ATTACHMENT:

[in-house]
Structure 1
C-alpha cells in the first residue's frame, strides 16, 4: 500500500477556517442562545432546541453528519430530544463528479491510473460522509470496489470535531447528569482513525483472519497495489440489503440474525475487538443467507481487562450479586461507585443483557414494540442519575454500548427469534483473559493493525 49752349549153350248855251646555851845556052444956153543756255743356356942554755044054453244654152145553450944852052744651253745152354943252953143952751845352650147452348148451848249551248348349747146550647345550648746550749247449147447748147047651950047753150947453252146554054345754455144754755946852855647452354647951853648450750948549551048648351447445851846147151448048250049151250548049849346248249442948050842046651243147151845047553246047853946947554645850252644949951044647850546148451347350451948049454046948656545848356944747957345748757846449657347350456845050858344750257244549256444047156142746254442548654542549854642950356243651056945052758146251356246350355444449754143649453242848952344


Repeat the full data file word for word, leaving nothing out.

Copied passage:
[in-house]
Structure 1
C-alpha cells in the first residue's frame, strides 16, 4: 500500500477556517442562545432546541453528519430530544463528479491510473460522509470496489470535531447528569482513525483472519497495489440489503440474525475487538443467507481487562450479586461507585443483557414494540442519575454500548427469534483473559493493525 49752349549153350248855251646555851845556052444956153543756255743356356942554755044054453244654152145553450944852052744651253745152354943252953143952751845352650147452348148451848249551248348349747146550647345550648746550749247449147447748147047651950047753150947453252146554054345754455144754755946852855647452354647951853648450750948549551048648351447445851846147151448048250049151250548049849346248249442948050842046651243147151845047553246047853946947554645850252644949951044647850546148451347350451948049454046948656545848356944747957345748757846449657347350456845050858344750257244549256444047156142746254442548654542549854642950356243651056945052758146251356246350355444449754143649453242848952344